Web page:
Have you been disappointed by promised not kept ? Were you shocked by the senseless massacre of innocent children and their teachers in Newtown, Conn.? Are you frustrated by seeing religiosity instead genuine spirituality?
Does it seem that you have been slogging along for a very long time without much to show for your life? With the minimal results you’ve seen this year, what can you tell your supporters so they will to continue your support in 2013?
You are not alone. There are many other women throughout the world who wonder if they will ever see an answers to their most ardent prayers. We may not talk about it, but most of us live with a mixture of hope and questions.
At Christmas time we often hear of Anna, the prophetess in the Temple when Jesus was dedicated. This woman was the original “waitress.” Waiting defined her life. She was probably very young when she married. Her husband died just seven years later.
She was 84 when Jesus was dedicated. What did she do for all the years of her widowhood? She prayed, she fasted, she worshiped in the Temple day and night. That’s a lot of praying, fasting and worship!
Do you think she even knew what she was praying for? Could she even guess what God had planned, not only for Israel but for the whole world? Was she looking for a newborn baby? Did she have any idea that he would heal and deliver and save anyone in the world who would seek him? I doubt it.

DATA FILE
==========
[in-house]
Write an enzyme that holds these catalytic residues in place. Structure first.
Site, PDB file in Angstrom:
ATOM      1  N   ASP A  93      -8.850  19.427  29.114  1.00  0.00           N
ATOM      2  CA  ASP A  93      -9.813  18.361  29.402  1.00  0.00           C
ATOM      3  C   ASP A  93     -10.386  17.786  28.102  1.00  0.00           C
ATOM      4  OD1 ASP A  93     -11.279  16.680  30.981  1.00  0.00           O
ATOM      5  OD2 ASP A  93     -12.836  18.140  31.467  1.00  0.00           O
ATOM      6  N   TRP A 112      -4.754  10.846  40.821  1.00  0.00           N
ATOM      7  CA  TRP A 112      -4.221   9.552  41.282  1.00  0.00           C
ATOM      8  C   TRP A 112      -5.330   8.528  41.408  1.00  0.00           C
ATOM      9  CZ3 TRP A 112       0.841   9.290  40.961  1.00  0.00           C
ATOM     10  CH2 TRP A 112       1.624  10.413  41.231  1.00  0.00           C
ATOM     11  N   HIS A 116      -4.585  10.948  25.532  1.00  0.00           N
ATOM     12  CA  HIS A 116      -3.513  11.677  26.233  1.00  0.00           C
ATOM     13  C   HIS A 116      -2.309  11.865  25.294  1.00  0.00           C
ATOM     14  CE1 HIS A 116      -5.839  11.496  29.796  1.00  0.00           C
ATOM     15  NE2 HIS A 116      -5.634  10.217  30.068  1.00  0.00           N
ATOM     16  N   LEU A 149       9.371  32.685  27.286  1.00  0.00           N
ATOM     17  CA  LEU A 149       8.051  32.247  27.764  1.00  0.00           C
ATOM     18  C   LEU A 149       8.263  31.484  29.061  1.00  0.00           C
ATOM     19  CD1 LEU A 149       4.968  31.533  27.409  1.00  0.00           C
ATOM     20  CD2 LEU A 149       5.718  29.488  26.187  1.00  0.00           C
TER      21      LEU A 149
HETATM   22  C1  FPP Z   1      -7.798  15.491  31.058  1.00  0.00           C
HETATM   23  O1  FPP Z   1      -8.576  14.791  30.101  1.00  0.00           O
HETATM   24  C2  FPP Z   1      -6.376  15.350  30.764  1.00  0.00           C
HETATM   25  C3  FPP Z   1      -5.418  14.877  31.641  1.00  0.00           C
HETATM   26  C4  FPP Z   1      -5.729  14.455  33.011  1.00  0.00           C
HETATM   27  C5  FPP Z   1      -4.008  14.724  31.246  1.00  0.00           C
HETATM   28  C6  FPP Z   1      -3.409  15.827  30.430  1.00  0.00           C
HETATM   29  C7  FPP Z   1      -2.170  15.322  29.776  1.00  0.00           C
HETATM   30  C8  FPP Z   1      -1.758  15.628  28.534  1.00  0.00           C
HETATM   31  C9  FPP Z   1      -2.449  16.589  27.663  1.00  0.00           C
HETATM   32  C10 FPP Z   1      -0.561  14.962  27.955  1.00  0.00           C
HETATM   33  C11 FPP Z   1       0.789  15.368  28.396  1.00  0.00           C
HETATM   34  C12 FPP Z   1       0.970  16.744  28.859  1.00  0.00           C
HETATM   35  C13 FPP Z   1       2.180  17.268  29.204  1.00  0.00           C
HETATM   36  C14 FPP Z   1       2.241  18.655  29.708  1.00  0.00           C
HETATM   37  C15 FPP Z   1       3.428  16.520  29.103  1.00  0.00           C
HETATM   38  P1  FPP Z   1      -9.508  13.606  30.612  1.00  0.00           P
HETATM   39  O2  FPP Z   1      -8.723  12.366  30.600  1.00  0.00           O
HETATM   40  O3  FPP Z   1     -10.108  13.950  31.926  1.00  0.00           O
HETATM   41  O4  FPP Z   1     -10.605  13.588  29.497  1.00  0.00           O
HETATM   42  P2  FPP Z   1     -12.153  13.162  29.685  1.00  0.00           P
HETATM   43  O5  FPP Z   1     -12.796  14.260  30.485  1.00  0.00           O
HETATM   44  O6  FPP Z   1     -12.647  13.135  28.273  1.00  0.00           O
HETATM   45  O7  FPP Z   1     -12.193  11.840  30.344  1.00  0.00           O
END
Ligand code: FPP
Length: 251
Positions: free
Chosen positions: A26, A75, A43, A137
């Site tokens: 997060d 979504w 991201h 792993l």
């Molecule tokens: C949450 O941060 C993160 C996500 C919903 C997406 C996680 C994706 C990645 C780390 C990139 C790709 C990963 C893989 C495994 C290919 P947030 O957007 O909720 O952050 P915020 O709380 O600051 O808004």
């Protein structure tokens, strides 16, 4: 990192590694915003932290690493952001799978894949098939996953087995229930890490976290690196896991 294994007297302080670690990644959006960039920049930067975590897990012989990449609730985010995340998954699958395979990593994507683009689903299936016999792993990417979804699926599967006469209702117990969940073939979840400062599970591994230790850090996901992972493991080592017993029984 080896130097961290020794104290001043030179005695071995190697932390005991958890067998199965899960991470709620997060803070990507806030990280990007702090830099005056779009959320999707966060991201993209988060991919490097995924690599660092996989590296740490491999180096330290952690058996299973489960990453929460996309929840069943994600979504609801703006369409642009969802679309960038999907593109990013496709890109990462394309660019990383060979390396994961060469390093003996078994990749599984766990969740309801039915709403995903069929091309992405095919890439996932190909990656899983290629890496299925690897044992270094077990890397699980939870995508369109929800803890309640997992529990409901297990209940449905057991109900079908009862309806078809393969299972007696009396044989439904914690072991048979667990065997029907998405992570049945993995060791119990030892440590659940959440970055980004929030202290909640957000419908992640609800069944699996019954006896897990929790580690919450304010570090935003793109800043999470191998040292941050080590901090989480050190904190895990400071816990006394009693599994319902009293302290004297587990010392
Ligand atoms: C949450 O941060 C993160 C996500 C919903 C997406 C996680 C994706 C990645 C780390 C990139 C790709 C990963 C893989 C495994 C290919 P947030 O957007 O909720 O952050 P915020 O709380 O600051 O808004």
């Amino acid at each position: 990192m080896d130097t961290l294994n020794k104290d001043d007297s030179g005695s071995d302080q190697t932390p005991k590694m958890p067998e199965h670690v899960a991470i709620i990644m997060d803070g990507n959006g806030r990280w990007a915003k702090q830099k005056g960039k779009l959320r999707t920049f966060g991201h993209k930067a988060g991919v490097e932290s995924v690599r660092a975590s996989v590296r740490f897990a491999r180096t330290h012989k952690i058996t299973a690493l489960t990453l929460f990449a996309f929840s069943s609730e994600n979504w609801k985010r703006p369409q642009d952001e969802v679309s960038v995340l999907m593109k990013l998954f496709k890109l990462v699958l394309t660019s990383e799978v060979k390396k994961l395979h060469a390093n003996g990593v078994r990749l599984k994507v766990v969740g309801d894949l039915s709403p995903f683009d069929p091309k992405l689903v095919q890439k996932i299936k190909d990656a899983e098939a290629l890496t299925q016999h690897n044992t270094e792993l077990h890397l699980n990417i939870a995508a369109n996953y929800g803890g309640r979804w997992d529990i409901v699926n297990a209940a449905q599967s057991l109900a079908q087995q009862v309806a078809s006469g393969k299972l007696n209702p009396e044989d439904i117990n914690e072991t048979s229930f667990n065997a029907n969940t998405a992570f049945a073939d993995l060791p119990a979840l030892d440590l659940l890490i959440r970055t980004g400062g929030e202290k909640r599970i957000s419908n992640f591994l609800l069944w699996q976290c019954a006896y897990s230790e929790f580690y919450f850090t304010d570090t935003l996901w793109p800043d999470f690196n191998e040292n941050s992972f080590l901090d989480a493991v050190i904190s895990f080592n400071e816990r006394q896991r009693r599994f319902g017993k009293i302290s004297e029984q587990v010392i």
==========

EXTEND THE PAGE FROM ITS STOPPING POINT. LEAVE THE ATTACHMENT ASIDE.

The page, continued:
Yes, she was a super pray-er. She was known in the Temple and she knew those who were waiting for the redemption of Jerusalem. But she was also human. Surely there were seasons when she battled with the doubt that God would redeem his people. There must have been those frustrating times when everything just seemed to get worse and worse. She surely had moments when she was exhausted and longed for rest from her burden.
But then one glorious day, a mother and father brought their tiny baby boy to be dedicated. Simeon was the first to recognize this baby was God’s salvation for everyone. Then Anna came up and started pouring out thanks to God and telling everyone that was looking for the redemption of Jerusalem about the baby Jesus. For Anna, it was worth the wait!
What faith. What anointing. What joy.
But for the world there was more waiting. Though Anna was satisfied that God had answered her prayers, the world waited another 30 years for Jesus to grow and mature and prepare for his ministry. Three short years with his disciples and the people in his small country. Then in a matter of hours it came to an end, or so it seemed. Little did the world know that the resurrection, ascension, and the establishment of the Body of Christ in the world would soon follow.
Yet we still wait for the answers to our prayers. We pray for personal needs, for salvation of those we hold dear, for progress in our work, for God’s intervention in our world. We have seasons of doubt and frustration and exhaustion. But like Anna, we need to wait in expectation.
We need to know it will be worth the wait! And that is Anna’s lesson to all of us- all her daughters in faith who wait while we work.
I don’t know what your Christmas will be like this year, but it will probably be a mixture of feelings, memories, and expectation. Christmas usually is those things. My prayer for all of us is that every feeling, every memory, and every expectation will lead us straight to the One who loves us and came into our world to make us his very own people.
Blessed Christmas, my sisters!